Nancy Reagan, a Rare Sight In the Capital

Natan Sharansky receives a Reagan Freedom Award from the former first lady.
Natan Sharansky receives a Reagan Freedom Award from the former first lady. (Alex Wong - Getty Images)
  Enlarge Photo    

Network News

X Profile
View More Activity
By Amy Argetsinger and Roxanne Roberts
Friday, September 19, 2008

The man of the hour Wednesday night was Natan Sharansky, the human rights activist and former Soviet political prisoner, who came to dinner at the Ronald Reagan Building to receive an award. But the first standing ovation came when publishing exec Fred Ryan took the podium to greet someone else:

"Mrs. Reagan, welcome back to Washington."

Nancy Reagan has made only a few trips here in recent years; she traveled from California this week to present the Ronald Reagan Freedom Award to Sharansky, whose case became a special cause for the late president. At 87, she looked delicate behind glamorously oversize glasses. She wore a silvery top and a chunky pearl choker.

The former first lady never took the stage; instead she stayed at the head table, put the purple-ribboned medal around Sharansky's neck and embraced him. Speakers, including Cindy McCain and Sen. Dianne Feinstein, again and again returned the focus to Nancy Reagan.

"I want to thank you for 'Just Say No,' " the California Democrat said, citing the first lady's anti-drug campaign. "I know you got a lot of flak for it, but I watched the statistics, and drug use went down."

Sharansky, whose wife, Avital, led the campaign to get him released from a Siberian work camp, also redirected the praise: "I know as well as anybody how important [it is that] a strong lady stand by her husband."

HEY, ISN'T THAT . . . ?

· The Keno brothers--the twin blond antiques appraisers of "Antiques Roadshow" fame -- having a smoke on a Pennsylvania Avenue bench Wednesday afternoon and dressed, yes, in identical blue shirts and dark pants. Friendly as can be to a fan who chatted them up. Leigh and Leslie were in town to visit Laura Bush for a History Channel special about the White House.

· Hillary Clinton and Evan Bayh having a quiet dinner together at Brasserie Les Halles Tuesday. (Was Tim Kaine not available?) Had the rainbow trout almandine and the hanger steak.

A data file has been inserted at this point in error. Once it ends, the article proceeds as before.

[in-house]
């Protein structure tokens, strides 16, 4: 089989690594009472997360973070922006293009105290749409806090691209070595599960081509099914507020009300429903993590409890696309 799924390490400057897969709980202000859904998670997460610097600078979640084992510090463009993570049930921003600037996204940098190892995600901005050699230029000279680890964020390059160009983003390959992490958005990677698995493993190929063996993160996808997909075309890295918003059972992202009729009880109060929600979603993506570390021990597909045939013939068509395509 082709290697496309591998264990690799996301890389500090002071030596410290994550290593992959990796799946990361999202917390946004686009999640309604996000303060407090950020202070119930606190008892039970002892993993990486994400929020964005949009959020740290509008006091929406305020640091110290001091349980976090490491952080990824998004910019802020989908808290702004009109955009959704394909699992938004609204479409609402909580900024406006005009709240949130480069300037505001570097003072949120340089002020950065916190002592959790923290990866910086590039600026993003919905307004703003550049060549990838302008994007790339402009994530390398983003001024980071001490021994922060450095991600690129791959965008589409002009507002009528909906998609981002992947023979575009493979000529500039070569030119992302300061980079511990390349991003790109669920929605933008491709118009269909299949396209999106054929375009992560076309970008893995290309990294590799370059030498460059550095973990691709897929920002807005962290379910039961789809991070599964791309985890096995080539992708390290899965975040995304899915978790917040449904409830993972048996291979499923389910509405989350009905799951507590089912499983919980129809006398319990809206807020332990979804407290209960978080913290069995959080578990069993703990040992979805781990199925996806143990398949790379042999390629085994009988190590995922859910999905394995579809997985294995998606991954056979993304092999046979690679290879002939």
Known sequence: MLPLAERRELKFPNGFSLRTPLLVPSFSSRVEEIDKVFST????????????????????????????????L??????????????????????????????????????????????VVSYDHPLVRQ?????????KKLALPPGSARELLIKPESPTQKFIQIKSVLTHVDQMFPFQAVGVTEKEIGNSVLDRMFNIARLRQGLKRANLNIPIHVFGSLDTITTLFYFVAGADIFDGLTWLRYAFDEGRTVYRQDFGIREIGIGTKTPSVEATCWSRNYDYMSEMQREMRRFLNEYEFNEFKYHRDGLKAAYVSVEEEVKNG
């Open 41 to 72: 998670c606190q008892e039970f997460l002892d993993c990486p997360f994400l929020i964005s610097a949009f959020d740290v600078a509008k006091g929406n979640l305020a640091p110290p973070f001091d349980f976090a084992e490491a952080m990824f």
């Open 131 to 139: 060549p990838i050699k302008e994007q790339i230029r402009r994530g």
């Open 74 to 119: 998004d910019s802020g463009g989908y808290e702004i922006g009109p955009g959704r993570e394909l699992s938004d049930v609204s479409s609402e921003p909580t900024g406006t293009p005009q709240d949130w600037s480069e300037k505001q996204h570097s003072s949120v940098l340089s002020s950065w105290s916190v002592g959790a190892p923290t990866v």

· Jalal Talabani dining with an entourage of about 30 -- mostly family and security -- at the Bombay Club Wednesday night. The Iraqi president had a White House visit last week; he's due at the U.N. General Assembly next week.

For Howard's Homecoming, a Real Live Howard

It's Howard Homecoming -- no C-listers allowed! Not on the dais, anyway. Howard University will announce today a typically glitzy lineup of officiating celebs for its 2008 homecoming ceremonies, maybe even a little glitzier than usual. Doing the honors as "ambassador and grand marshal" of the Oct. 18 parade will be Oscar nominee Terrence Howard. Remember: The star has a new neo-soul album to promote, so beg him to sing. (The Howard-Howard connection? The star's agent is an alum.)

Also scheduled to participate: Brandon T. Jackson, a big deal lately for his role in "Tropic Thunder," who will serve as master of ceremonies. Some actual alums will serve as marshals as well: '04 grads Lance Gross, co-star of the cable sitcom "House of Payne," and Olympic bronze-medal hurdler David Oliver.

SURREAL ESTATE

Seller: Anthony Piszel

Asking price: $4.975 million

Details: Oh, dear. We'll probably see a lot of these places on the market soon. Freddie Mac chief financial officer Piszel put his Easton, Md., Georgian-style waterfront mansion up for sale two weeks ago, the New York Post first reported yesterday; it's been less than two years since he bought it for $3.375 million. Six bedrooms, gourmet kitchen, guesthouse, three-car garage -- and it comes furnished.


© 2008 The Washington Post Company

Network News

X My Profile
View More Activity